Upper Back Pain Treatment


The cervical spine is more commonly known as the neck region, beginning at the base of the skull and connecting to the thoracic region of the spine.

It consists of the C1-C7 cervical vertebrae, and it includes the surrounding nerves, muscles, ligaments, and tendons. The first cervical vertebrae is known as the atlas and is different from the next six because it is ring-shaped. It rotates on the second vertebrae, the axis, allowing it to have a 180° rotation movement. Another commonly used name for upper (cervical) back pain is Cervicalgia.

The Thoracic Spine and Upper Back Pain

There are various ways upper back pain can manifest, including aching pains in the neck or shoulder, throbbing, or sharp pain in the thoracic region of your back. The thoracic spinal region consists of the upper and middle back, starting at the base of your neck (around C7) and extending below the ribcage, ending right above the first vertebra of your lumbar spine (L1).

Thoracic vertebrae are labeled T1 through T12. Nerves in these vertebrae extend into the chest, arms, and hands. T3 through T5 nerves extend into the chest wall and help control breathing. Vertebrae T6 through T12 affect the abdominal and back muscles, aiding balance and posture and assisting coughing.

When nerves become compressed in the cervical or thoracic spine, patients commonly experience the symptoms of upper back pain. Muscle irritation, ligament injuries, and overuse injuries can also contribute to painful symptoms.

Causes of Upper Back Pain

There are various potential causes of upper back pain, including natural aging, poor posture, and injuries. Furthermore, certain conditions, such as arthritis, cervical disc degeneration, and spinal cord compression, can also contribute to pain. In rare cases, cancer or meningitis may cause upper back pain.

Treatment Options

Treatment Options May Include:

  • Acupuncture
  • Anti-inflammatory medications
  • Artificial disc replacement
  • Cervical fusion
  • Pain medications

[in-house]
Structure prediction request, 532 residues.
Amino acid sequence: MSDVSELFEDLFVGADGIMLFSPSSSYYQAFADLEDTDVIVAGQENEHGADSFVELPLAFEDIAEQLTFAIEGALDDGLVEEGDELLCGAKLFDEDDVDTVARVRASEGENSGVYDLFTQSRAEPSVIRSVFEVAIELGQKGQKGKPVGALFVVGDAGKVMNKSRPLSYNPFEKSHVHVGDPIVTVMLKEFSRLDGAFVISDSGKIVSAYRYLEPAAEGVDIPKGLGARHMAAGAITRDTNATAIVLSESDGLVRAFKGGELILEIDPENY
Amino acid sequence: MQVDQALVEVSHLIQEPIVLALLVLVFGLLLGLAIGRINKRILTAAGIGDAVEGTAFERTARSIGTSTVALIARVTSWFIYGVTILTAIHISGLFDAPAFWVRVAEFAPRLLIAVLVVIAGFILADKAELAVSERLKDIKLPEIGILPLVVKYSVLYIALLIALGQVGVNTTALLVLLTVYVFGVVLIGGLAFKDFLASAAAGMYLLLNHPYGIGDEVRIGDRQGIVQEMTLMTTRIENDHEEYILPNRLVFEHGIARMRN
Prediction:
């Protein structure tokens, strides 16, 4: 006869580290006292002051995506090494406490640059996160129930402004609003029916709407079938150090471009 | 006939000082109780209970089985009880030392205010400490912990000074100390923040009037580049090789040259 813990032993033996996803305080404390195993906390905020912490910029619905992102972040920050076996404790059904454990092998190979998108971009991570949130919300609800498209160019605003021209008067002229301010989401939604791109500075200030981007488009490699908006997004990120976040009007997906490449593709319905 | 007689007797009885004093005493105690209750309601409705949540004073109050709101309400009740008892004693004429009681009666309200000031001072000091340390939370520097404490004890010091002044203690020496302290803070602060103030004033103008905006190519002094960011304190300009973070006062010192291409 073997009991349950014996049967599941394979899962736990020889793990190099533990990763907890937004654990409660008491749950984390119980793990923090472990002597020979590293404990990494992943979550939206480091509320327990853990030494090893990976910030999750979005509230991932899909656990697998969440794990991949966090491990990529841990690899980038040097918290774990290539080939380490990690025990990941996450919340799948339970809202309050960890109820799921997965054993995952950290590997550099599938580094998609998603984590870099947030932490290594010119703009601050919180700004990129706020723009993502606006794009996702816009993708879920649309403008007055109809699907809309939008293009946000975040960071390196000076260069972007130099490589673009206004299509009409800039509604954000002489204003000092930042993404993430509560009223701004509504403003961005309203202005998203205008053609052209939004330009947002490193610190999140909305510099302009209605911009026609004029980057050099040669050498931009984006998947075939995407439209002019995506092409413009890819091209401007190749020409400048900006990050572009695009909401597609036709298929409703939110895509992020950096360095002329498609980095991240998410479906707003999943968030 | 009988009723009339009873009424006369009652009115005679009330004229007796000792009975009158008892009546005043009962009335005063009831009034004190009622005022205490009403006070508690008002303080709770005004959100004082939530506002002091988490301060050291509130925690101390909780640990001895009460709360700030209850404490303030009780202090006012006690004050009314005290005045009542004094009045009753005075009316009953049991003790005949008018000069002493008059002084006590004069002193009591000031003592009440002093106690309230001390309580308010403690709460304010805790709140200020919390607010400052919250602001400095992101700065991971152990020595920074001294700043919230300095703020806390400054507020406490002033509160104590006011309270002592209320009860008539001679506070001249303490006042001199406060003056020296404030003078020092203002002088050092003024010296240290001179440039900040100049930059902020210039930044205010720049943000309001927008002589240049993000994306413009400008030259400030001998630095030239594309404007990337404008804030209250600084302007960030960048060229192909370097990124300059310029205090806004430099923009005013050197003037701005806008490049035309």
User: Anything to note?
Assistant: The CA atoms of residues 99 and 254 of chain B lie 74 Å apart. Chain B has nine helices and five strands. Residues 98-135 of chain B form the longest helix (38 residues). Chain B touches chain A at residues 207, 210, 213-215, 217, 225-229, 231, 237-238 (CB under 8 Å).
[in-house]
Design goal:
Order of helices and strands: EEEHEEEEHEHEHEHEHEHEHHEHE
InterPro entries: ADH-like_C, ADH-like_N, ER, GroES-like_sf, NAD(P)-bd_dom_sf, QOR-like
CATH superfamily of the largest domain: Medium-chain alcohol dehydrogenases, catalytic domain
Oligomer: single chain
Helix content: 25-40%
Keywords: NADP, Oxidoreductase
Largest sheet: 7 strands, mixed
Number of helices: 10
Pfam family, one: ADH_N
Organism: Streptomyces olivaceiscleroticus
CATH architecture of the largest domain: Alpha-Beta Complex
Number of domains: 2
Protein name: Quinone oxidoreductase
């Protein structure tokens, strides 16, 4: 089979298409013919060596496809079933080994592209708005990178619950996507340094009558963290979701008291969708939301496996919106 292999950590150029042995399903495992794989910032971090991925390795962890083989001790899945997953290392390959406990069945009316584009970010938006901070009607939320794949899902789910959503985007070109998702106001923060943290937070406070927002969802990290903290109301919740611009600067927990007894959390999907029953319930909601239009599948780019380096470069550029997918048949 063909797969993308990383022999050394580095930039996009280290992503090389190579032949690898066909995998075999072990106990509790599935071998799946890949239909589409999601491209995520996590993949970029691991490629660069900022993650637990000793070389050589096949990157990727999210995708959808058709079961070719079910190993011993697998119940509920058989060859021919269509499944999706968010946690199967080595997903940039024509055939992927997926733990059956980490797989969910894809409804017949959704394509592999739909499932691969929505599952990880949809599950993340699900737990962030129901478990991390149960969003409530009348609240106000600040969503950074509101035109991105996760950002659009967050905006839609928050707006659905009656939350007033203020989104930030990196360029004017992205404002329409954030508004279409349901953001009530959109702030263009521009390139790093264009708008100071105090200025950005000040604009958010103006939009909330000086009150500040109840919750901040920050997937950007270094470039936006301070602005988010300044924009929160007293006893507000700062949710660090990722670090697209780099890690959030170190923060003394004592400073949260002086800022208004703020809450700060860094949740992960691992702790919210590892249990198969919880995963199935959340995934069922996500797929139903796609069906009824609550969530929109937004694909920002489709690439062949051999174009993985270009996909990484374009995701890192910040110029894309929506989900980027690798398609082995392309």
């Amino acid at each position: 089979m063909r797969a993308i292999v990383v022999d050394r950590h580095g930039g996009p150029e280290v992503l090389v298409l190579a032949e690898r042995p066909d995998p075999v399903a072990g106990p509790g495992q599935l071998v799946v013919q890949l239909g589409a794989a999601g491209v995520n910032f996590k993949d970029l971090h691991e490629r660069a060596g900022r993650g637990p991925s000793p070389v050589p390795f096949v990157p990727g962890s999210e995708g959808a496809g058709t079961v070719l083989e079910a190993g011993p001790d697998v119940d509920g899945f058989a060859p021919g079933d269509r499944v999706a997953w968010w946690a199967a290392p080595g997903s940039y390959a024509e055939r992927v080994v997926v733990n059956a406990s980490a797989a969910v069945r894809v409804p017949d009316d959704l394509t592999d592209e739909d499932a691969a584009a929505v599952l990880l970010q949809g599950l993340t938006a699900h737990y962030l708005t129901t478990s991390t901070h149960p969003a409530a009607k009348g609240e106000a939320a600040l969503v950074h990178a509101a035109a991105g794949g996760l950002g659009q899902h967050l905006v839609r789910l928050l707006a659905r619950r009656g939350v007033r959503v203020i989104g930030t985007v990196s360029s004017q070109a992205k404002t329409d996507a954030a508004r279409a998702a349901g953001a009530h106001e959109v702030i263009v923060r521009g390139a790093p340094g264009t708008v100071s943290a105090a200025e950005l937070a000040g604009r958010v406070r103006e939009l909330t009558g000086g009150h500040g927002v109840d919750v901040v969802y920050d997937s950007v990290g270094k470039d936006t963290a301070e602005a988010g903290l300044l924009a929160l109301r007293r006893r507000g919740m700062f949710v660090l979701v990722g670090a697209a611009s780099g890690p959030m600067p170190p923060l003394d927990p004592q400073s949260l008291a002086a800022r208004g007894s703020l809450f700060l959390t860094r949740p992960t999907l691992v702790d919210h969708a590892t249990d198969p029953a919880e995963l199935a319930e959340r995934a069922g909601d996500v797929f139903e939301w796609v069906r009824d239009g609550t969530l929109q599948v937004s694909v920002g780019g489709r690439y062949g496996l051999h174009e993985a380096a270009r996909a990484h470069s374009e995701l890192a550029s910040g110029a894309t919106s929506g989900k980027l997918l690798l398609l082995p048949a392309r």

• Physical or Chiropractic Therapy
  • Steroid Injections
  • Surgery (discectomy)
  • Therapeutic Message
  • Medial Branch Blocks
  • Medial Branch Radiofrequency Ablation


Symptoms include:

  • Decreasing muscle tone in the arms and/or hands
  • Decreasing dexterity of the hands
  • Muscle spasms in the legs
  • Numbness and or weakness in the upper extremities
  • Severe headaches
  • Sharp neck or arm pain
  • Shooting pain or tingling in the arms and/or hands
  • Stiff neck

When To See a Doctor

If your back pain comes on suddenly, is the result of an injury, or causes intense pain or mobility issues, see a doctor as soon as possible. If the pain comes and goes or persists for two weeks without improvement, it is also a good idea to speak with a medical professional.

Whenever back pain interferes with your normal activities, you need the support of a spinal expert to identify the underlying cause and find the best treatment.

You should never live in pain or accept that back pain is just a part of life. When new symptoms emerge or intensify, seek medical attention.


Your doctor can perform numerous tests to diagnose the source of your upper back pain. These include:

  • Bone scan
  • CAT scan
  • Electromyogram and Nerve Conduction Studies (EMG/NCS)
  • Medical history (helps assess severity in condition of pain)
  • MRI
  • Myelogram
  • Neurological exam
  • Physical examination

Each type of diagnostic procedure is designed to highlight the root cause of your symptoms while helping the doctor pinpoint the key source of pain. Once they know which part of your spine is contributing to your symptoms, they can develop personalized care plans that bring you relief.


Some spinal conditions can lead to upper back pain, including:

  • Cervical Spondylosis (Arthritis of the Neck)
  • Cervical degenerative disc disease
  • Cervical Stenosis
  • Fractures
  • Herniated disc
  • Spinal alignment


Causes & Contributing Factors May Include:

  • Aging
  • Arthritis
  • Cervical disc degeneration
  • Cancer or Meningitis (rare)
  • Injuries
  • Poor posture
  • Spinal cord compression
  • Stress from bending, twisting, turning, or lifting


  • Most people (nearly 2/3) will experience some kind of neck pain during their lifetime.
  • Although very rare, cervical back pain can be a sign of infection, cancer, disease, injury, or blood vessel issue.
  • A stiff neck is rarely serious and will usually fade or disappear without treatment.
  • Neck pain is usually unexplained, with pain sometimes lingering and sometimes quickly disappearing.
  • Neck pain accompanied by no other obvious problems is usually temporary and minor.

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